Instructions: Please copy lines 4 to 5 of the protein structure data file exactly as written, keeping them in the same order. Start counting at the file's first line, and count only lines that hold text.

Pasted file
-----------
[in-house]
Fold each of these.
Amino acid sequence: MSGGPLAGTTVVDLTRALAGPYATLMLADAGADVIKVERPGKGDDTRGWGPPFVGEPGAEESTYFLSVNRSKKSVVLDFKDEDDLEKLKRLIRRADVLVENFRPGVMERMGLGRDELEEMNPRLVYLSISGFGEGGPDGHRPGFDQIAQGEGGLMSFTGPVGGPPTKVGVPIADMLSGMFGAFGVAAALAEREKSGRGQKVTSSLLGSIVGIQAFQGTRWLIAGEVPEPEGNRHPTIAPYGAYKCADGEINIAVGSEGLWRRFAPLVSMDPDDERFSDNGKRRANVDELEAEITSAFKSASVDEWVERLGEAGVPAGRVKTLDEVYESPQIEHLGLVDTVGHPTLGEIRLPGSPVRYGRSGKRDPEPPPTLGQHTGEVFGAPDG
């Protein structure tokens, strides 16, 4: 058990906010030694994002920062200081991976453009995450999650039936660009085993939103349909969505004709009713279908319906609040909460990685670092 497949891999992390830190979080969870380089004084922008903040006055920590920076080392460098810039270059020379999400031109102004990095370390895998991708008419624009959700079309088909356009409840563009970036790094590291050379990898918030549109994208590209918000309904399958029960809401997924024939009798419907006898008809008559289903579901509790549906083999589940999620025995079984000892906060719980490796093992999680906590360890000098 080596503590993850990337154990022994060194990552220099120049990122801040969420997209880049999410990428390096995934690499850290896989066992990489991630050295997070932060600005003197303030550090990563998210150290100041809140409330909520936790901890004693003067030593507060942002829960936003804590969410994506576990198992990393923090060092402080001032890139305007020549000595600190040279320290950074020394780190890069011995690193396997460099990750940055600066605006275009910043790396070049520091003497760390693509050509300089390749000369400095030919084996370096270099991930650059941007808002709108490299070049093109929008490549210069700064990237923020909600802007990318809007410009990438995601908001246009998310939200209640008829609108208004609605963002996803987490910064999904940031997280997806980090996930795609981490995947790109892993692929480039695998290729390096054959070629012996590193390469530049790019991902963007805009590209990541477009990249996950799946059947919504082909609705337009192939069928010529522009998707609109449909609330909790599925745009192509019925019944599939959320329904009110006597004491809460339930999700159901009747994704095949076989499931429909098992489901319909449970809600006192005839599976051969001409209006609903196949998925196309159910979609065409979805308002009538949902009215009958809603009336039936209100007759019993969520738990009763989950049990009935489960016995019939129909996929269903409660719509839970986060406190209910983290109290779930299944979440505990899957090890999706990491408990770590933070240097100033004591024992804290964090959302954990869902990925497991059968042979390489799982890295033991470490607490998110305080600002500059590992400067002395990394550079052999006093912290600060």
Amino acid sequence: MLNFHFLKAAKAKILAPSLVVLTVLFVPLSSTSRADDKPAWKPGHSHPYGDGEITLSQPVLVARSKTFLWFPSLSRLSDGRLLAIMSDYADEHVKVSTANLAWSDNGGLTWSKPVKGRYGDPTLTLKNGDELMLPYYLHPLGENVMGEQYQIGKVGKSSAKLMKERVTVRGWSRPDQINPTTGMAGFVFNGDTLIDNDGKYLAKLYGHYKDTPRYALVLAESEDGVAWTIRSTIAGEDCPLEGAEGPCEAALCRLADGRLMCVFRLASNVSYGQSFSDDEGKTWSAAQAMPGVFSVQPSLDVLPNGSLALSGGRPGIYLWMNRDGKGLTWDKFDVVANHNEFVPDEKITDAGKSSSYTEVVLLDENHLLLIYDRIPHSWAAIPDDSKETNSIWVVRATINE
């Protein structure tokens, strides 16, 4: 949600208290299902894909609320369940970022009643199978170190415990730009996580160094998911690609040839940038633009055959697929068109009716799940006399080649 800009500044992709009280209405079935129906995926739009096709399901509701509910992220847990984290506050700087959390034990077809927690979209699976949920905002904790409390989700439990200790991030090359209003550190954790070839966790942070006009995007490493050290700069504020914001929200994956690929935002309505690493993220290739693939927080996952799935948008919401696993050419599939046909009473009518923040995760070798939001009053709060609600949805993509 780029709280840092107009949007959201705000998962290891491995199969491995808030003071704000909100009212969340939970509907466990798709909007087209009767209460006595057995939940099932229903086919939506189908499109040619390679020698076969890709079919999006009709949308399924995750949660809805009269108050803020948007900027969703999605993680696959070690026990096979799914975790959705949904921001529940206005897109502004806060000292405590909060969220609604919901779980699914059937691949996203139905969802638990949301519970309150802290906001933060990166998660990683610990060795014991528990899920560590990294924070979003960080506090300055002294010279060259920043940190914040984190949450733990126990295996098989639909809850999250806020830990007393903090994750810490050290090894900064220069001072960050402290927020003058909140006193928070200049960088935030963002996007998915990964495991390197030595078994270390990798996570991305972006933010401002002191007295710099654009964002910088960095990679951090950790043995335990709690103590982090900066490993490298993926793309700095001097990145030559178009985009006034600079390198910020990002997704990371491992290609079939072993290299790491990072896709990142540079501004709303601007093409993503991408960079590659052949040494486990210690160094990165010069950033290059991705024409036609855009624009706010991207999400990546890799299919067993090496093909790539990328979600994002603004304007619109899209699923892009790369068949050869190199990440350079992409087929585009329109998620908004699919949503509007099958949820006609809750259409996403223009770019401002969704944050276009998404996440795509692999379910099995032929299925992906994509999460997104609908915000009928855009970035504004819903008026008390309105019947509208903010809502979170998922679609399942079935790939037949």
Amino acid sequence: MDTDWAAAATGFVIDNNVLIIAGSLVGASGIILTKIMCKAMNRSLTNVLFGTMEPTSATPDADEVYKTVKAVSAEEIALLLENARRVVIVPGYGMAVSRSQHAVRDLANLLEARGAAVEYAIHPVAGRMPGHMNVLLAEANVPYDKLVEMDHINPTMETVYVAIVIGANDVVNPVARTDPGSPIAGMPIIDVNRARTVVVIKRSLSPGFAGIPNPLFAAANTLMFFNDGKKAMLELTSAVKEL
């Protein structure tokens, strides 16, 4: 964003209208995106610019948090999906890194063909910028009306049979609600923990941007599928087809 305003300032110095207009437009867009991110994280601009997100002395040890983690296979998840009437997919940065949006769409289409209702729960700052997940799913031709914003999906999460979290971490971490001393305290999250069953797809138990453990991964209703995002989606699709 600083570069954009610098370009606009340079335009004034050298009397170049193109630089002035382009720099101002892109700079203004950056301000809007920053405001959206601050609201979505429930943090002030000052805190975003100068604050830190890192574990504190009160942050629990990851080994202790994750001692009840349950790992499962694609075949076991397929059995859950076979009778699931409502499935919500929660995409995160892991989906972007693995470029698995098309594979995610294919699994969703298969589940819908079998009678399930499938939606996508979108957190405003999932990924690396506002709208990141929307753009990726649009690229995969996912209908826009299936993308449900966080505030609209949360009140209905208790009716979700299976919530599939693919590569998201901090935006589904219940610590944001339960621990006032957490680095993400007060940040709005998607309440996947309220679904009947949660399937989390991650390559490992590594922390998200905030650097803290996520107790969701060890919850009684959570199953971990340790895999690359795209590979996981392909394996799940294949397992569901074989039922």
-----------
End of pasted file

């Protein structure tokens, strides 16, 4: 058990906010030694994002920062200081991976453009995450999650039936660009085993939103349909969505004709009713279908319906609040909460990685670092 497949891999992390830190979080969870380089004084922008903040006055920590920076080392460098810039270059020379999400031109102004990095370390895998991708008419624009959700079309088909356009409840563009970036790094590291050379990898918030549109994208590209918000309904399958029960809401997924024939009798419907006898008809008559289903579901509790549906083999589940999620025995079984000892906060719980490796093992999680906590360890000098 080596503590993850990337154990022994060194990552220099120049990122801040969420997209880049999410990428390096995934690499850290896989066992990489991630050295997070932060600005003197303030550090990563998210150290100041809140409330909520936790901890004693003067030593507060942002829960936003804590969410994506576990198992990393923090060092402080001032890139305007020549000595600190040279320290950074020394780190890069011995690193396997460099990750940055600066605006275009910043790396070049520091003497760390693509050509300089390749000369400095030919084996370096270099991930650059941007808002709108490299070049093109929008490549210069700064990237923020909600802007990318809007410009990438995601908001246009998310939200209640008829609108208004609605963002996803987490910064999904940031997280997806980090996930795609981490995947790109892993692929480039695998290729390096054959070629012996590193390469530049790019991902963007805009590209990541477009990249996950799946059947919504082909609705337009192939069928010529522009998707609109449909609330909790599925745009192509019925019944599939959320329904009110006597004491809460339930999700159901009747994704095949076989499931429909098992489901319909449970809600006192005839599976051969001409209006609903196949998925196309159910979609065409979805308002009538949902009215009958809603009336039936209100007759019993969520738990009763989950049990009935489960016995019939129909996929269903409660719509839970986060406190209910983290109290779930299944979440505990899957090890999706990491408990770590933070240097100033004591024992804290964090959302954990869902990925497991059968042979390489799982890295033991470490607490998110305080600002500059590992400067002395990394550079052999006093912290600060």
Amino acid sequence: MLNFHFLKAAKAKILAPSLVVLTVLFVPLSSTSRADDKPAWKPGHSHPYGDGEITLSQPVLVARSKTFLWFPSLSRLSDGRLLAIMSDYADEHVKVSTANLAWSDNGGLTWSKPVKGRYGDPTLTLKNGDELMLPYYLHPLGENVMGEQYQIGKVGKSSAKLMKERVTVRGWSRPDQINPTTGMAGFVFNGDTLIDNDGKYLAKLYGHYKDTPRYALVLAESEDGVAWTIRSTIAGEDCPLEGAEGPCEAALCRLADGRLMCVFRLASNVSYGQSFSDDEGKTWSAAQAMPGVFSVQPSLDVLPNGSLALSGGRPGIYLWMNRDGKGLTWDKFDVVANHNEFVPDEKITDAGKSSSYTEVVLLDENHLLLIYDRIPHSWAAIPDDSKETNSIWVVRATINE